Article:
“Studying with him left a similar impression. We would meet up the night before a midterm, and while I would use the occasion to frantically cram everything, Jaime would already have an astonishingly tight grasp on the material, and would instead spend the time bouncing different ideas off me so that he could better structure the in-class essay he’d be writing the next day.” – Anton Nemirovski, friend and classmate of Shim

On Remembrances of Jaime

“By spring 2015, Jaime was also contemplating an Engaged Learning project, writing a graphic novel memoir in the Korean “webtoon” comic style about his life. It was then that I learned of his earlier struggles and self-doubt, and eventual happiness and peace with his identity. His eloquent EG blog post, ‘The Moth Who Shot for the Moon: One Transguy’s Search for Closure,’ touched me deeply. In hindsight, I wish I had let Jaime know that I’d read it and respected him all the more. Checking in with former volunteers each semester, I heard back from Jaime in spring 2016 that he had developed health problems and would be out for that semester, but wished to be contacted again in the fall. Follow-up messages to inquire how he was doing went unanswered. The news of his death brought overwhelming sadness. Along with all who cared about him, I will miss Jaime and do everything possible to keep his memory alive.”- Linda Evans, SMU professor of English as a Second Language

“Few people I have known were as argumentative as Jaime. From first meeting him to his end, I was always struck by Jaime’s dynamism and vitality. Jaime’s dynamism and vitality shone through with little things such as his ability to walk incredibly fast and in more important matters which included his willingness to vigorously dispute any statement that he thought was illogical.” – Michael Nguyen, friend and classmate of Shim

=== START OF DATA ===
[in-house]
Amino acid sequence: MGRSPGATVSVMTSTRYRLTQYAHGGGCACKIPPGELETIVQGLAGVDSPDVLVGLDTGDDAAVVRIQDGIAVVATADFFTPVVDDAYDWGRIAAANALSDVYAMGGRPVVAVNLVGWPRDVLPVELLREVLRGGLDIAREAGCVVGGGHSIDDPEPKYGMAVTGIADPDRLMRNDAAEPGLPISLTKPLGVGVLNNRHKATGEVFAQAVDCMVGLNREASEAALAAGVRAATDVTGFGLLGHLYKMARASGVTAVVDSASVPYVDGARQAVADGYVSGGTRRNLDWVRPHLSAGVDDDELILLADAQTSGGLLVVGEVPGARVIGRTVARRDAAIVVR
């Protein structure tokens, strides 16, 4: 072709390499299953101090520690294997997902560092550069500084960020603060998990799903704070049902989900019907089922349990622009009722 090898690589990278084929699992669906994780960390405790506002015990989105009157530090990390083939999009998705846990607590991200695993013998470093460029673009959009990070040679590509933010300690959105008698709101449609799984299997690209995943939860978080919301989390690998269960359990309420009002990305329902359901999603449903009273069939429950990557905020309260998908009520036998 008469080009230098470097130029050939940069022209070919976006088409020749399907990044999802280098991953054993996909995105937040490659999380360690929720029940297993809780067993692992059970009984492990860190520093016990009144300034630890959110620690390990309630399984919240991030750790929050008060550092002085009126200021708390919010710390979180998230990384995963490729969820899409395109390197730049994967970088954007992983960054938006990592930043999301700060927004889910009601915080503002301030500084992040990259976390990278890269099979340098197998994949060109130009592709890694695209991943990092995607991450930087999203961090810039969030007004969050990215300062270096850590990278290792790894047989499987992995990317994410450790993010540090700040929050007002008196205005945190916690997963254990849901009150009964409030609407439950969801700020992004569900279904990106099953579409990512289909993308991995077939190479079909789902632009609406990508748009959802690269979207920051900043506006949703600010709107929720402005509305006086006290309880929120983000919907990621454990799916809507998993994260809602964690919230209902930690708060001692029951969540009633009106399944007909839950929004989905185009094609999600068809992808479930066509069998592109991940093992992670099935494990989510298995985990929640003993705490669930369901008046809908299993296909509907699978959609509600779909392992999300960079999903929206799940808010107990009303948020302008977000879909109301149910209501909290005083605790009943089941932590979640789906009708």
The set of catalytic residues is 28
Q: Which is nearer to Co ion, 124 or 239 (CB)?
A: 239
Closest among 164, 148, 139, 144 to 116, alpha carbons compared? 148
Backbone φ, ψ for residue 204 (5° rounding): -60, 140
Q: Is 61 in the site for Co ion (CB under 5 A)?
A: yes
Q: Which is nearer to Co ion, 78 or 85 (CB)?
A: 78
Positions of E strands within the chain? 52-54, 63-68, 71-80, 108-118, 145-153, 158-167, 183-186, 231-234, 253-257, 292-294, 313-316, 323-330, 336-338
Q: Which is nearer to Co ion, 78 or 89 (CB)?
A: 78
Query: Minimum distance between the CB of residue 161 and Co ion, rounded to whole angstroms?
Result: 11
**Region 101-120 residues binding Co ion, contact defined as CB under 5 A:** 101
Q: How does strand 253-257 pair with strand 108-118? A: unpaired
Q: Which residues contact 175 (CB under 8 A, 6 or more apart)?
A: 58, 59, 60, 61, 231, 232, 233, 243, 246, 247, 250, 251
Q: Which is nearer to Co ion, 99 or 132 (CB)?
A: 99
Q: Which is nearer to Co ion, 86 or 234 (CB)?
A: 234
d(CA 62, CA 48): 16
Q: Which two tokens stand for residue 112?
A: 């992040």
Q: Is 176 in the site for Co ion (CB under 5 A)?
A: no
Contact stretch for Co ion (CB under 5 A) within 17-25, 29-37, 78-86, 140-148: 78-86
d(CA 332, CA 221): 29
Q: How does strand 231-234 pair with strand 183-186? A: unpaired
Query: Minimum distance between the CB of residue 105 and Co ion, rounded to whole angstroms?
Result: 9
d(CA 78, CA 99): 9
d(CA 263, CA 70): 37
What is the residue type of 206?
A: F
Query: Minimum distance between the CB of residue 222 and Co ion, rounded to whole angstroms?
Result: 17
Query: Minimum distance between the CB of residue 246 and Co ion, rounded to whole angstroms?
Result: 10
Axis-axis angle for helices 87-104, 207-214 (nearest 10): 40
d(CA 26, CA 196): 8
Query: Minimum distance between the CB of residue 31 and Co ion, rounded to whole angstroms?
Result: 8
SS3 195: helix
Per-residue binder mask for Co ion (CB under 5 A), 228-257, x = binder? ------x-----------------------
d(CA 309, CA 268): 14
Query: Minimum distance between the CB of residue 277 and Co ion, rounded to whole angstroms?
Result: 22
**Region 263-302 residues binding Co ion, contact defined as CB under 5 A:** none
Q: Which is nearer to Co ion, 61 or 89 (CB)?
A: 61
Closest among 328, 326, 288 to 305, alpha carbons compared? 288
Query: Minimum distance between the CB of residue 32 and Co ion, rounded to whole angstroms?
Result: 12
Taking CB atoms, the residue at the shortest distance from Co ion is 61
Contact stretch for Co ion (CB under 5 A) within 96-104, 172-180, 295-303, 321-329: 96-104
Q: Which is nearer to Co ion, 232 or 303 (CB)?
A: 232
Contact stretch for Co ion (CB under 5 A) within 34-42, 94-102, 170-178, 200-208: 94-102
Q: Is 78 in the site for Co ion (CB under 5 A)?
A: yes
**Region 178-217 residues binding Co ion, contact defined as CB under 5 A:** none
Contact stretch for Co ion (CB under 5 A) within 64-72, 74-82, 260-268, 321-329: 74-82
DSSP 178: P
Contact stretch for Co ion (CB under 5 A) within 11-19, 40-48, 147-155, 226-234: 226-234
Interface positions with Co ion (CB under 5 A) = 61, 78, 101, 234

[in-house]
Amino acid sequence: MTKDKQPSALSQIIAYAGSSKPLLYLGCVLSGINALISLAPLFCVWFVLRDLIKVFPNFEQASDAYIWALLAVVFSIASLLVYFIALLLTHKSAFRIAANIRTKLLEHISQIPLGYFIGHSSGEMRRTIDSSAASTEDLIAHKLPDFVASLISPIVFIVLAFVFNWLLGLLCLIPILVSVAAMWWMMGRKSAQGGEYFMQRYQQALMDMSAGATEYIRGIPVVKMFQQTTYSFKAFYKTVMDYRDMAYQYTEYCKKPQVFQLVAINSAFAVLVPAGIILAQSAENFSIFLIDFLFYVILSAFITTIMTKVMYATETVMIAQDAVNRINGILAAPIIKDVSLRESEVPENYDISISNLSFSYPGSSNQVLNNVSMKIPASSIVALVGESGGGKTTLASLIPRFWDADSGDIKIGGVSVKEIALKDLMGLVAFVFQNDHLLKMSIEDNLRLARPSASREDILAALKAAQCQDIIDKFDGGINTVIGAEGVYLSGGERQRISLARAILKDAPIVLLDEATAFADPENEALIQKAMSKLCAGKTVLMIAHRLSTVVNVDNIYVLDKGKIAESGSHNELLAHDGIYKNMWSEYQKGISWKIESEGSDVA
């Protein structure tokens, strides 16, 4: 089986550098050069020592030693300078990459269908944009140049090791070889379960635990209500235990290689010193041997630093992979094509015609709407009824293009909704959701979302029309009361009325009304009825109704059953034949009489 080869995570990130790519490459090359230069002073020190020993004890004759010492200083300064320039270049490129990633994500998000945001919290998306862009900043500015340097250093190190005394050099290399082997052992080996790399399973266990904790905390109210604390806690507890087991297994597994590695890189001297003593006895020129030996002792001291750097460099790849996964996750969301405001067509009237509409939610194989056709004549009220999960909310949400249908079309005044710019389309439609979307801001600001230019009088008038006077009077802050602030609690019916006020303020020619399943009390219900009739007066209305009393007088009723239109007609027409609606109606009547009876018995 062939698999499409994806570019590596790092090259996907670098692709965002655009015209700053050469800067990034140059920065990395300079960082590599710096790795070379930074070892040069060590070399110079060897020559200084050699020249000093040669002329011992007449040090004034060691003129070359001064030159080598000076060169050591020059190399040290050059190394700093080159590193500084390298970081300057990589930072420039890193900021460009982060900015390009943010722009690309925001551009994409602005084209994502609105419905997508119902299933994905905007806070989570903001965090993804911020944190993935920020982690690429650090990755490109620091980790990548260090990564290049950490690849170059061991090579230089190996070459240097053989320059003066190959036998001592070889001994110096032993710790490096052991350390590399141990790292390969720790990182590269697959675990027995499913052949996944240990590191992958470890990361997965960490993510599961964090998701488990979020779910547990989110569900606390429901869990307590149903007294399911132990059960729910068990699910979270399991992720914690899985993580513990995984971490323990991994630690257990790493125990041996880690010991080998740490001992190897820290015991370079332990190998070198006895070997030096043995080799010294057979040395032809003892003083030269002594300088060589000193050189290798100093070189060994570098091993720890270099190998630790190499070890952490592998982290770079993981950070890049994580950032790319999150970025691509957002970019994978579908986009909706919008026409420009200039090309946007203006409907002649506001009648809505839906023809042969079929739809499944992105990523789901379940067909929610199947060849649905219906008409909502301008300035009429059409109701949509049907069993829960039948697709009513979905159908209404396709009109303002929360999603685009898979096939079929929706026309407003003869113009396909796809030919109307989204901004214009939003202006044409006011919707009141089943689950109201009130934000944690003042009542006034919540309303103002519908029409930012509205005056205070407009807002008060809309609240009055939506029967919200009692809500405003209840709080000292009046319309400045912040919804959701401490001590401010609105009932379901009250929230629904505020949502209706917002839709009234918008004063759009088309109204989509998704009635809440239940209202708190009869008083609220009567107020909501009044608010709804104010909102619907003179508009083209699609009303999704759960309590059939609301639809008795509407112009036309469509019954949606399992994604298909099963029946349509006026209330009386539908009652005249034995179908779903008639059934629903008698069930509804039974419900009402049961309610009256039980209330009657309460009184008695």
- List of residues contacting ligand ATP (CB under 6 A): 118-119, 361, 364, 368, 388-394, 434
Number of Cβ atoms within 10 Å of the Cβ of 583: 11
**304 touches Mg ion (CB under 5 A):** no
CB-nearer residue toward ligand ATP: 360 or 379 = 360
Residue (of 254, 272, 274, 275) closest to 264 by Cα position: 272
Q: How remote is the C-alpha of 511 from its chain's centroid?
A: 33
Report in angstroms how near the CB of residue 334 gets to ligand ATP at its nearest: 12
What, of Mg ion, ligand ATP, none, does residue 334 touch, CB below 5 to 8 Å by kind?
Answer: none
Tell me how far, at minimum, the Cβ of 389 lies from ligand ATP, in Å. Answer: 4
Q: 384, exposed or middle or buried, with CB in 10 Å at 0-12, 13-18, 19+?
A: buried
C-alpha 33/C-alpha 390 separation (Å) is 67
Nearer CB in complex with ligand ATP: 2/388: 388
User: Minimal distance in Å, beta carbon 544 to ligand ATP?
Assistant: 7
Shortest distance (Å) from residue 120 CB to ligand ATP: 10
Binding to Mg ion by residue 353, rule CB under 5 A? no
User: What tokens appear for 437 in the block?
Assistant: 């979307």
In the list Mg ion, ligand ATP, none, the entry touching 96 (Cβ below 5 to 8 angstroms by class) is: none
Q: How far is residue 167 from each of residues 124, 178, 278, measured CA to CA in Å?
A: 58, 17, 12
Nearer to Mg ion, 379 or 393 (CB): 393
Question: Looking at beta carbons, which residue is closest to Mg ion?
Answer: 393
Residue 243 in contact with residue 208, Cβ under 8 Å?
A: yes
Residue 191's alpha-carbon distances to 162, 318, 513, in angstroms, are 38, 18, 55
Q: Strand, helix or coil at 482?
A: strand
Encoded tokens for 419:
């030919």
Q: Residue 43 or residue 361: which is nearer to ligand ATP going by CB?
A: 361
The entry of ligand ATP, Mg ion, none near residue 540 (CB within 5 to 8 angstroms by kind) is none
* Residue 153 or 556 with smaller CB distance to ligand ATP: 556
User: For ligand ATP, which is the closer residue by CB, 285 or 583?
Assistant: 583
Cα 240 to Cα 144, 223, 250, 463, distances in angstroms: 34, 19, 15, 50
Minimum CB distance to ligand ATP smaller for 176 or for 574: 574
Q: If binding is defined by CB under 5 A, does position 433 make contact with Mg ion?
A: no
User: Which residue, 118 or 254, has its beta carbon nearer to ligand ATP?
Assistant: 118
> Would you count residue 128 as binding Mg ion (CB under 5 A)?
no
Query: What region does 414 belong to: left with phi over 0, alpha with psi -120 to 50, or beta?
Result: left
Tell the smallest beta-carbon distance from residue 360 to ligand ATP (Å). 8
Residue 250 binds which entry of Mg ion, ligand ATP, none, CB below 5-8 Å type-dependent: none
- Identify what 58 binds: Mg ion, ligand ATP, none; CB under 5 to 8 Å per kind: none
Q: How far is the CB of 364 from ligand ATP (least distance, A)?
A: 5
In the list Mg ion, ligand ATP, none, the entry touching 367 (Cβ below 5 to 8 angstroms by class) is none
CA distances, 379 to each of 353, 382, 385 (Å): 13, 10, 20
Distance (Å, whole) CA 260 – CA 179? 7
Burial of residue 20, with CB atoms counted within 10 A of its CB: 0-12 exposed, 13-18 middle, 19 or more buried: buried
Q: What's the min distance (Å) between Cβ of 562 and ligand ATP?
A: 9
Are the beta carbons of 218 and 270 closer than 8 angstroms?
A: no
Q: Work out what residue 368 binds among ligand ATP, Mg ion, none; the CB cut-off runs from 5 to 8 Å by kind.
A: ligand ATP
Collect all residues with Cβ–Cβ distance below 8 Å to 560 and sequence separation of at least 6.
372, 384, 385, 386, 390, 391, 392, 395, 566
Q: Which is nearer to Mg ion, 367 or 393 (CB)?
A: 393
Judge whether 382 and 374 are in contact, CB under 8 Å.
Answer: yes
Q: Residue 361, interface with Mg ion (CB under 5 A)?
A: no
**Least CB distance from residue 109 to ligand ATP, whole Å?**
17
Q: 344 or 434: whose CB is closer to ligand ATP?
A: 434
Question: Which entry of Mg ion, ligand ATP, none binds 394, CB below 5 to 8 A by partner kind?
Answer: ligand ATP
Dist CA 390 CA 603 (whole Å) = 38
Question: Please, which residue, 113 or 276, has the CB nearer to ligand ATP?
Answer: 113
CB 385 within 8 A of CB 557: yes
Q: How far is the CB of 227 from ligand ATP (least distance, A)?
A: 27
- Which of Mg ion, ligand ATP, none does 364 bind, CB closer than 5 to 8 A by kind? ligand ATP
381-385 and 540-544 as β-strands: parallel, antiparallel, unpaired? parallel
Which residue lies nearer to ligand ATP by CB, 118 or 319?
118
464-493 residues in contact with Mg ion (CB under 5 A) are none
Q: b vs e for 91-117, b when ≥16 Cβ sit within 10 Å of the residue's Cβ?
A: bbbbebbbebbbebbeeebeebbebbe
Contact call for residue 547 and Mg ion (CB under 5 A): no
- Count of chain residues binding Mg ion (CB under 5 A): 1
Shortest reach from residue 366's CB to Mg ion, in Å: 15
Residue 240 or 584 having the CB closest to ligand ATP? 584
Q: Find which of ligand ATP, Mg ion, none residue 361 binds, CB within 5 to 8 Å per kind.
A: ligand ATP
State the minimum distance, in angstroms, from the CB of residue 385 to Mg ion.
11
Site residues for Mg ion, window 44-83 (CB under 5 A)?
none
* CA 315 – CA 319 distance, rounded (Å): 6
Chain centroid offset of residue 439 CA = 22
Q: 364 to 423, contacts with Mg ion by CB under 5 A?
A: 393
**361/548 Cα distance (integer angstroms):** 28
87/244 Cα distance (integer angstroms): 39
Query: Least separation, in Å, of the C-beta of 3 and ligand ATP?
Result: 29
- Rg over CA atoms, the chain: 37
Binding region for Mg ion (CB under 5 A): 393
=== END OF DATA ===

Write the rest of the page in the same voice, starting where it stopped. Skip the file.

“When I first met Jaime Shim he was a mentor for discernment and discourse students under the University Honors Program. Jaime was kind and forthcoming; he believed in the best of us and his critiques of our papers reflected that. That was not the only place Jaime gave his personal time to help students, he was also one of the editors for Dialogue, an undergraduate political science journal at SMU. It is fair to say Jaime left a lasting impression on me and many others. He was warm, his dedication was admirable, and he was tremendously intelligent. He had the capacity to make the world a much better place, and what he did for those of us at SMU certainly reflected that.” – Fairooz Adams, friend of Shim

“I had never met a student with this combination of intelligence, curiosity, and tenacious will to present his brilliance in the best way he could. He will be missed by all who were lucky enough to meet him.” – Anton Nemirovski, friend and classmate of Shim